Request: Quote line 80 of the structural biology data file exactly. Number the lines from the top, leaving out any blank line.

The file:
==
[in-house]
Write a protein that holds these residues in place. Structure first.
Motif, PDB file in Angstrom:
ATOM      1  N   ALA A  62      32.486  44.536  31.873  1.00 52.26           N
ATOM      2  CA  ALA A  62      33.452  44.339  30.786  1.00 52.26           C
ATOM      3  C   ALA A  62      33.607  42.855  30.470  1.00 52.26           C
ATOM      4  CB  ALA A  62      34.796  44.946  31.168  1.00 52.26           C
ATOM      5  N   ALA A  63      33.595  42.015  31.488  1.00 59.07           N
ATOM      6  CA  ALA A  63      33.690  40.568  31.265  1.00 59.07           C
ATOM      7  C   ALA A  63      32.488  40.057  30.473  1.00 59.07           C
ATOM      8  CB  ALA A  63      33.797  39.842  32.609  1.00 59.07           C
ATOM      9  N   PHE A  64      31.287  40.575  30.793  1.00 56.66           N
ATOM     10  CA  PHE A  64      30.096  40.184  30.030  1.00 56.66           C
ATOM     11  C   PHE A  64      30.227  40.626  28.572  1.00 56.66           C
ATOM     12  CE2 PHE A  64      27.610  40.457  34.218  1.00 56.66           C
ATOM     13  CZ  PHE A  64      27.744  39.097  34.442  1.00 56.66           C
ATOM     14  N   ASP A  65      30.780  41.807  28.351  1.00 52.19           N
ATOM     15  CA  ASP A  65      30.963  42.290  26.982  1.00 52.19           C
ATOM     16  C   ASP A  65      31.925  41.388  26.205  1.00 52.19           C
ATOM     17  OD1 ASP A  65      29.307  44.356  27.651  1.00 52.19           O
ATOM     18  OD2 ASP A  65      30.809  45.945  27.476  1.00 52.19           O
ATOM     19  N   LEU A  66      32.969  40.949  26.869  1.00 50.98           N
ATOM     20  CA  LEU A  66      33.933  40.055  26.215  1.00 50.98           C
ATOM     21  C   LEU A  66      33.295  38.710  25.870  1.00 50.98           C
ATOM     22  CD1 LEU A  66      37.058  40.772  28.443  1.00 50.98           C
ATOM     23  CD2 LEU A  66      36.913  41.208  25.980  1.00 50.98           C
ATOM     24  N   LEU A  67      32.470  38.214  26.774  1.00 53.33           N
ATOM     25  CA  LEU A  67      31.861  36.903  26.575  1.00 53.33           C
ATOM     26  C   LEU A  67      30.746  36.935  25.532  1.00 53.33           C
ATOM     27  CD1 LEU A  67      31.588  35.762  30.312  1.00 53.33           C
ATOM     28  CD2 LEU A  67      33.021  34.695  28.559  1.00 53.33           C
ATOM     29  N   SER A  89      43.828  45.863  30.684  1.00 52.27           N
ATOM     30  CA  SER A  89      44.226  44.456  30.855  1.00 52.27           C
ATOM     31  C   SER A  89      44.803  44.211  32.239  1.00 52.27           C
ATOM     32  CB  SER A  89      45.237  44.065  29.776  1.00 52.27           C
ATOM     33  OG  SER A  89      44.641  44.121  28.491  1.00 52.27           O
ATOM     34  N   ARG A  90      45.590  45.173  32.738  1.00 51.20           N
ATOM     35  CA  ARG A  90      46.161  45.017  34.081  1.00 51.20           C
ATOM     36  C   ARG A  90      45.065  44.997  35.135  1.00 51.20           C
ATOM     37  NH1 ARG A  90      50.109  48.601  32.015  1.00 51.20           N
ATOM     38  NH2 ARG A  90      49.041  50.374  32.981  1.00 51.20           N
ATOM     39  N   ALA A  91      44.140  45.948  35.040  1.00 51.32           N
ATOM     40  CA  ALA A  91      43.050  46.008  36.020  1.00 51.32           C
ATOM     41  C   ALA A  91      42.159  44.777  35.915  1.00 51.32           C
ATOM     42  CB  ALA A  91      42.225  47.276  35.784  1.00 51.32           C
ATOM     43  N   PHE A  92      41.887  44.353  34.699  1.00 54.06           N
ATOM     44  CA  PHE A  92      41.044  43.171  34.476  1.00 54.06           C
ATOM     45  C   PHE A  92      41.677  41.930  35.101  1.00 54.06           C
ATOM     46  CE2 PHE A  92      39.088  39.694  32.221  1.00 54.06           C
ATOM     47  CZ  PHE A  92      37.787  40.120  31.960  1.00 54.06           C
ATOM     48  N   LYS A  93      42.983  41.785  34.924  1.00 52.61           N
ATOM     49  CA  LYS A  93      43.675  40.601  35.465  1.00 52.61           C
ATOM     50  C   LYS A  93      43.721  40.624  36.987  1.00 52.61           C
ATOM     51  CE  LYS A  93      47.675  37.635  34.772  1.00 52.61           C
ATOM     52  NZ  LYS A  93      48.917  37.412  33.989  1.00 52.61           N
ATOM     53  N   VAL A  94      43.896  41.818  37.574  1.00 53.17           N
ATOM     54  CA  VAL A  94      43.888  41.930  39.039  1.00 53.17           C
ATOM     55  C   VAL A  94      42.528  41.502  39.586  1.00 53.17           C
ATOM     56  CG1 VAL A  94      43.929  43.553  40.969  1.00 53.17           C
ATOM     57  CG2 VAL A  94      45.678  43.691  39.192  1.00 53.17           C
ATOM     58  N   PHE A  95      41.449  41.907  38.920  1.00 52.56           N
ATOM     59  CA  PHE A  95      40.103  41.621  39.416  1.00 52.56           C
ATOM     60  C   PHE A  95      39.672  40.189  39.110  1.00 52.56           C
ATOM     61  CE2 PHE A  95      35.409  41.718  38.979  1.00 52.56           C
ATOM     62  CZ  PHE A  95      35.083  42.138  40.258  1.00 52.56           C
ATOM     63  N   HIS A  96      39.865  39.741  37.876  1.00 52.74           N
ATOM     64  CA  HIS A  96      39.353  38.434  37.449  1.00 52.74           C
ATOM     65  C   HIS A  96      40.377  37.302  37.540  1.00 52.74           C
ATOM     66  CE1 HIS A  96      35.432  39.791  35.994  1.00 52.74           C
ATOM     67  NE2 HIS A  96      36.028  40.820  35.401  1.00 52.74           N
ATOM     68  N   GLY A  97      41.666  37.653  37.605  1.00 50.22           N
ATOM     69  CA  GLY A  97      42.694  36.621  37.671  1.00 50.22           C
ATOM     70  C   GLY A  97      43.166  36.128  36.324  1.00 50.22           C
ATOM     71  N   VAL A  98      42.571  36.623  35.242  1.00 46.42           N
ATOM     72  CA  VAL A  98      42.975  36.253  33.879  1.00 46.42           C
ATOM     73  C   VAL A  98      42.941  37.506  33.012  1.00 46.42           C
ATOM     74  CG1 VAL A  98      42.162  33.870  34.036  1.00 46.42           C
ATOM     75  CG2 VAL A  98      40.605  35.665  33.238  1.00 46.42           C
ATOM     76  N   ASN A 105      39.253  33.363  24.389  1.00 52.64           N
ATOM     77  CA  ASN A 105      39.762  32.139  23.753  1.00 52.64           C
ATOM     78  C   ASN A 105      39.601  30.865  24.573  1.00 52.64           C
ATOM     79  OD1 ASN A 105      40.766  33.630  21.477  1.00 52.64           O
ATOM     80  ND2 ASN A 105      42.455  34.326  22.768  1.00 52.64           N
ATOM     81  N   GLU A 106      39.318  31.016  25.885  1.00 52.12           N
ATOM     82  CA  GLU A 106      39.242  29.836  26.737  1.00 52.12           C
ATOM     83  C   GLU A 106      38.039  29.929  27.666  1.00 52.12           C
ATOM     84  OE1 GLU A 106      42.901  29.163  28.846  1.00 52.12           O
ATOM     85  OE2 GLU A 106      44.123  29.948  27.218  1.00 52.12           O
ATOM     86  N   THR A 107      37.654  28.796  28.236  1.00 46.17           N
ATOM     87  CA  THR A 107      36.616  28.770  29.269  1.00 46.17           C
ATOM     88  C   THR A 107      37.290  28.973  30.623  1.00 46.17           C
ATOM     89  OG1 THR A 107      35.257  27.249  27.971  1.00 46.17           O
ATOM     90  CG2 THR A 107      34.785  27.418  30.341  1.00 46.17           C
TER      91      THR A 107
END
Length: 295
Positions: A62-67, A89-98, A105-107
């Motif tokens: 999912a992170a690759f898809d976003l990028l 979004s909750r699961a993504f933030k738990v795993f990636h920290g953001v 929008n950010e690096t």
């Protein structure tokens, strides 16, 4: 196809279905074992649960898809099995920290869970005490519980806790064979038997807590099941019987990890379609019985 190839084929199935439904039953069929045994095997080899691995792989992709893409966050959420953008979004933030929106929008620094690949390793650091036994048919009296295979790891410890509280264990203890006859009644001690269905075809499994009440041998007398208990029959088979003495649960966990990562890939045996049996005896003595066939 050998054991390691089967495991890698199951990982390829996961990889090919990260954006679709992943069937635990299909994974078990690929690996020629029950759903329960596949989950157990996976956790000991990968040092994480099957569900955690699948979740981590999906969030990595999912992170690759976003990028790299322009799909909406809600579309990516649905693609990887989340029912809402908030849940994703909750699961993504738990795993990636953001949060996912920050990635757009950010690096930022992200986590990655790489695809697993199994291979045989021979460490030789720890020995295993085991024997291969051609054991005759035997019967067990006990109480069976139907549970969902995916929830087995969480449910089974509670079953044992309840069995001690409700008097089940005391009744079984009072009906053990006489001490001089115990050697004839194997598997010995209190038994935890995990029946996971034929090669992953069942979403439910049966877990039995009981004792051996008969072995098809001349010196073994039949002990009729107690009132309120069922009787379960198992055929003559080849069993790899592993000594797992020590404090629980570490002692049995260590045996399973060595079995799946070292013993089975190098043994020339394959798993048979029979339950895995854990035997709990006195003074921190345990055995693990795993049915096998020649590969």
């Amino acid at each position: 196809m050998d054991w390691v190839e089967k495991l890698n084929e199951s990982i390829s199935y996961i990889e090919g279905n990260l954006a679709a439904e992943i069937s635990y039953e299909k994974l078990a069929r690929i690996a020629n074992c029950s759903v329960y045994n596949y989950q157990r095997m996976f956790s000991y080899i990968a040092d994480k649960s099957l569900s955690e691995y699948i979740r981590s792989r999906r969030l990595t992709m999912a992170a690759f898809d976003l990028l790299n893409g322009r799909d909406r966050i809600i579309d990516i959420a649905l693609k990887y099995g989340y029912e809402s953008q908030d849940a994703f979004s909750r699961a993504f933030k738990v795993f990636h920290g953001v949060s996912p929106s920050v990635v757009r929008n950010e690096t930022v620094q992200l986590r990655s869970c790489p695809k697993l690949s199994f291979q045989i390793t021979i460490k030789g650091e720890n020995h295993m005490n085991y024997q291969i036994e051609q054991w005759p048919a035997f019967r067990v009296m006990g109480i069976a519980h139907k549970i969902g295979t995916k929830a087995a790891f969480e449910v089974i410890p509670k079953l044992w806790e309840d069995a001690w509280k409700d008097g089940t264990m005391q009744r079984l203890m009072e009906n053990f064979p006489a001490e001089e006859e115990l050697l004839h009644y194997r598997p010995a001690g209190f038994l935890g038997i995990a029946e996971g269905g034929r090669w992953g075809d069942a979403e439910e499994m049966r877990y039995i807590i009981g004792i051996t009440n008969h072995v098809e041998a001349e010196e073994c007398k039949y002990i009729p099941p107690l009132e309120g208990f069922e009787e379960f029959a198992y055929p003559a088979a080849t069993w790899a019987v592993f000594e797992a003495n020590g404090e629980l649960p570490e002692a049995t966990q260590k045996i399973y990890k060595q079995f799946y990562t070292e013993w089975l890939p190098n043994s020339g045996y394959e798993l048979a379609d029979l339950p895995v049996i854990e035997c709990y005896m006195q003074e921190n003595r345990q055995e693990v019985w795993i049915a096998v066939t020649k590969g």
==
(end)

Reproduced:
ATOM     77  CA  ASN A 105      39.762  32.139  23.753  1.00 52.64           C